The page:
We are in the hustle and bustle of the holiday season, and 2016 is about to come to a close.
Would you like to experience financial security in 2017? Are there changes you want to make to your finances? Now is the time to start planning for the new year.
During the last two weeks of December I encourage you to ponder the changes you would like to make in the new year. Would you like to spend less and save more? Would you like to pay off the balance on your credit cards?
Perhaps you would like to stop worrying about money, or maybe you want to start contributing to a charity to help persons who are less fortunate. Would you like to reduce your possessions and simplify your life? Would you like to open a Roth IRA? Would you like to calculate your net worth and watch it grow each year?
Would you like to become more savvy about financial matters? Perhaps you would like to educate your kids or grandkids about money. Would you like to feel like you are controlling your money, rather than allowing it to control you?
I encourage you to plan now to make small financial changes in the new year. Perhaps you want to save more in 2017. I’ll be providing tips on how to make saving automatic in the upcoming January article. If you don’t have a Roth IRA (and you qualify for one) I’ll be urging you to open a Roth IRA in the new year. We’ll cover lots of topics pertaining to financial security.
Research by Dr. Gail Matthews of the Dominican University of California concluded that if we write down our goals we are 40 percent more likely to achieve them than if we do not write them down. Furthermore, if we write them down and send progress reports to a friend, we are 77 percent more likely to achieve our goals. Accountability works, so pairing up with a friend to nudge each other toward your goals reaps rewards.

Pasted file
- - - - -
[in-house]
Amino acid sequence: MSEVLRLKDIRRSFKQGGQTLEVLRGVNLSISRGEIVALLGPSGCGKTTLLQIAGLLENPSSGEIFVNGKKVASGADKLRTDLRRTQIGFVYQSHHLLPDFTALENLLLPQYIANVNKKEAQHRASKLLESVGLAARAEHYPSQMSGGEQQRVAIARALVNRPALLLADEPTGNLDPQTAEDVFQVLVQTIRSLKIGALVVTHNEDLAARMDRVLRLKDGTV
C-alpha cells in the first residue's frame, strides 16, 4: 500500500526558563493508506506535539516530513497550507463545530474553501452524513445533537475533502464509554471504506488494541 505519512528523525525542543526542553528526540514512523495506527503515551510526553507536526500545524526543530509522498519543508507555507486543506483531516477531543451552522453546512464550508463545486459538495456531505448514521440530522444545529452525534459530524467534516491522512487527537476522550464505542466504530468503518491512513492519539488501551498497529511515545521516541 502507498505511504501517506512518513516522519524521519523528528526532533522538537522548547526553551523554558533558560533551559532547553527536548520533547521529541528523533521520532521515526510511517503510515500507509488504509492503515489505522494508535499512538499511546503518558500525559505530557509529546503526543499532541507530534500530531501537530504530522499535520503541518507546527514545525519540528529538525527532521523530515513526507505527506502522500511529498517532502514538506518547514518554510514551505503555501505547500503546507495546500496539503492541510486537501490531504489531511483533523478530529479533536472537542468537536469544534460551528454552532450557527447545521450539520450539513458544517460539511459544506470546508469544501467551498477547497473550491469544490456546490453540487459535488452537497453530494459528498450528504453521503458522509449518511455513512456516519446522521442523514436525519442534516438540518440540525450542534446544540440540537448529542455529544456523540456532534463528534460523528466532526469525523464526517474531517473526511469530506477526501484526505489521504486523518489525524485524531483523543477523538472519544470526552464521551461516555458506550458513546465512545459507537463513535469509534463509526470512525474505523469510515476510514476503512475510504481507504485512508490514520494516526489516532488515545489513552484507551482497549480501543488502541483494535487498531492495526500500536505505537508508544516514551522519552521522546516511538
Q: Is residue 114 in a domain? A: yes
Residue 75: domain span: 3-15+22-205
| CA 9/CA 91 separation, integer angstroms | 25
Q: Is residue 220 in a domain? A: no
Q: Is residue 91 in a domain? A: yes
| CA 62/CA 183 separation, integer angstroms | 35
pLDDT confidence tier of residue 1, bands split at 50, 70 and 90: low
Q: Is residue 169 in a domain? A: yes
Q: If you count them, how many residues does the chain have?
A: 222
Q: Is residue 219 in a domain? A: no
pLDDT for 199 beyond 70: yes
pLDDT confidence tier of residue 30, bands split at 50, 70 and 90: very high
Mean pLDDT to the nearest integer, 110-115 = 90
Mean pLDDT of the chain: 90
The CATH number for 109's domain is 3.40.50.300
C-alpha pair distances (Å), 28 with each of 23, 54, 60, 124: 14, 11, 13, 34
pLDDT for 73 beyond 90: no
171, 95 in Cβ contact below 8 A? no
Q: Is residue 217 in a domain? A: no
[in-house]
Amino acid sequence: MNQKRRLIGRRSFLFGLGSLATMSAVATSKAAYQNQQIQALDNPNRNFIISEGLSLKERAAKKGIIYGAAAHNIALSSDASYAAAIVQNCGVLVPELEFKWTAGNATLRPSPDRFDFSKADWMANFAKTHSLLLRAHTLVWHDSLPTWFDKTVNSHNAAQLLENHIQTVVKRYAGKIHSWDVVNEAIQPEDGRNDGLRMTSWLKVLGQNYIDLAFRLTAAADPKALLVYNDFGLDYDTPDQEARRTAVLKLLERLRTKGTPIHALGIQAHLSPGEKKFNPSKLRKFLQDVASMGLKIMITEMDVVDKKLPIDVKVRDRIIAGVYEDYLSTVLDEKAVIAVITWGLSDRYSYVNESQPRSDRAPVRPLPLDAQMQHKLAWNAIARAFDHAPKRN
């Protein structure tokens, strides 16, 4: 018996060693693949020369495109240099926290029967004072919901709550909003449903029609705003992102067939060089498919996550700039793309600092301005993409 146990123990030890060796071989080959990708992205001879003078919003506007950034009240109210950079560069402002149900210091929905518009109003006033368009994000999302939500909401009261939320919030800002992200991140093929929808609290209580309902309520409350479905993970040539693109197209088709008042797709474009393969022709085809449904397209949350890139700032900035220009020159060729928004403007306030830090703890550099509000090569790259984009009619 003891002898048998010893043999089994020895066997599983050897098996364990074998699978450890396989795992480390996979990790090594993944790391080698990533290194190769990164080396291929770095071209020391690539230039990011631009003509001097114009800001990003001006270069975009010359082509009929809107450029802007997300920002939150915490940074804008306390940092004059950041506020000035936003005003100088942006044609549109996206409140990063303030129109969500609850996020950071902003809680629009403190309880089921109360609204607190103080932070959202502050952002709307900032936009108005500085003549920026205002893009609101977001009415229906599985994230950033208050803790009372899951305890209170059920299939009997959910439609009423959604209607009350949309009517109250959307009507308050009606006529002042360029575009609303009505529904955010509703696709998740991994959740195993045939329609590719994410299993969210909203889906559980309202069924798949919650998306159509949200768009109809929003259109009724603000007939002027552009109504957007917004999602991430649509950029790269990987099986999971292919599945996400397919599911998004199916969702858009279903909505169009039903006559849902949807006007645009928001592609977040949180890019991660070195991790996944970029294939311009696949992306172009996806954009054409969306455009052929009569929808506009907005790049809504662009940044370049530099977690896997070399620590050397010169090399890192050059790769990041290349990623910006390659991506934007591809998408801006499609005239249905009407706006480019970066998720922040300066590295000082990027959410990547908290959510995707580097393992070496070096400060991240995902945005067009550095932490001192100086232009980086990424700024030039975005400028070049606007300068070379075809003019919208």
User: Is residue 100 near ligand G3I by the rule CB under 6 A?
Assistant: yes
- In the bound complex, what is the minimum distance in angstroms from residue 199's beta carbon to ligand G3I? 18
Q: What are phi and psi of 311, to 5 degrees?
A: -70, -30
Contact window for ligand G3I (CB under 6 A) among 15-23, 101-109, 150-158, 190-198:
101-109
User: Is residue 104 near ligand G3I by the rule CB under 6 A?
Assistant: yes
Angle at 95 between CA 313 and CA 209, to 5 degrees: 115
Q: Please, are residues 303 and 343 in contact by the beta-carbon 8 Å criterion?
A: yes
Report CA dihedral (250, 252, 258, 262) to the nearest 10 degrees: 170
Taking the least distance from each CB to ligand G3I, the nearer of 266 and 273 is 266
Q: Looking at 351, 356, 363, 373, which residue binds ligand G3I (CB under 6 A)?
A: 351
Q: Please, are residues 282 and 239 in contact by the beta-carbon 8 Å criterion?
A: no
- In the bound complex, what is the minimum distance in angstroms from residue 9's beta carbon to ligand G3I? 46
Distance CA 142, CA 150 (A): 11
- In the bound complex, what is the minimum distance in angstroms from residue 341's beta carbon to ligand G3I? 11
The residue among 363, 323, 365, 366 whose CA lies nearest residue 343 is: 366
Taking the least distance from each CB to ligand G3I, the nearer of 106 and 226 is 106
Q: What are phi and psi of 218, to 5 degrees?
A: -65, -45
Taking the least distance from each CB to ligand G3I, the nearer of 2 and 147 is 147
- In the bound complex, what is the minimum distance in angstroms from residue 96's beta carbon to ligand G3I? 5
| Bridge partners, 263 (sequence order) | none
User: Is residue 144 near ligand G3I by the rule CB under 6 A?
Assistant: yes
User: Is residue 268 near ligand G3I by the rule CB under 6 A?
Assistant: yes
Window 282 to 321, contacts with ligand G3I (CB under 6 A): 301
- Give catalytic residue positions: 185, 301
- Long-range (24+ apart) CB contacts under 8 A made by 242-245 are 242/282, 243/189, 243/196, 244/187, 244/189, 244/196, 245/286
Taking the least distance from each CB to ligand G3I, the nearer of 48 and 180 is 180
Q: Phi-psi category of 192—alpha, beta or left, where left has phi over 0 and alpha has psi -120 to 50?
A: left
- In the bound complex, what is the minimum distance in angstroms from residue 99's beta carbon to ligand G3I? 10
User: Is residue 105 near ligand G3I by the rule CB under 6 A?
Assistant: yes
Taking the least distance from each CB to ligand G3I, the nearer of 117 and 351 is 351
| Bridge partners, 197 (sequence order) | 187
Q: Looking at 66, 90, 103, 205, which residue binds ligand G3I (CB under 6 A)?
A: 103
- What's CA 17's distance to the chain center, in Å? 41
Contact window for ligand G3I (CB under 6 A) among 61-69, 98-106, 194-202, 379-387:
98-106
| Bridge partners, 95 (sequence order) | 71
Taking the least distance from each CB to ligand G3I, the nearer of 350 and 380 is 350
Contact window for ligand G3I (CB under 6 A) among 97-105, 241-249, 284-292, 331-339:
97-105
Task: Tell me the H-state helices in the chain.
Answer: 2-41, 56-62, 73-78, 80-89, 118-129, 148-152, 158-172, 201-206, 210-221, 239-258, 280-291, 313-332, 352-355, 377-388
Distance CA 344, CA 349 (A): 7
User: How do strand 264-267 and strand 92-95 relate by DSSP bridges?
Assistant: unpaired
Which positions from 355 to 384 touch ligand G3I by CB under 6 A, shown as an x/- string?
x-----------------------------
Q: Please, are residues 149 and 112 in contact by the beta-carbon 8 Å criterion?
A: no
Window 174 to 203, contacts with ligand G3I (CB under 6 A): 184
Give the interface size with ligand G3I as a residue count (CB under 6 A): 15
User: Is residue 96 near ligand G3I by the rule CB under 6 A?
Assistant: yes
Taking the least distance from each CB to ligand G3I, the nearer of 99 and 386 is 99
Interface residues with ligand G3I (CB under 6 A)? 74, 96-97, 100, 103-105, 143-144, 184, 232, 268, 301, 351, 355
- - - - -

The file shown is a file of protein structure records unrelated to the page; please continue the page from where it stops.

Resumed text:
Having a healthier attitude toward money may be one of your goals. Our society places money on a high pedestal, and it holds tremendous power. The message we hear subconsciously is spend, spend, spend! Credit cards encourage us to reinforce immediate gratification.
Perhaps we need to say “enough!” and fight back against the pressure to keep up with the Joneses. After all, a rich life is not contingent upon the size of a person’s investment account. A truly rich life is based on strong relationships with friends and family, giving back to our community, expressing ourselves creatively, leading healthy yet simple lifestyles, and spending money in a way that is in alignment with our values.
So, before the clock strikes midnight on Dec. 31, 2016, take a few quiet moments to write down your goals for 2017. Set one or two financial goals and one or two personal goals. Ponder what you would like to accomplish in the new year. Keep it small, and keep it simple. Happy New Year!
Donna Skeels Cygan, CFP, MBA, is the author of “The Joy of Financial Security.” She has been the owner of her own firm in Albuquerque for 18 years. Visit joyoffinancialsecurity.com.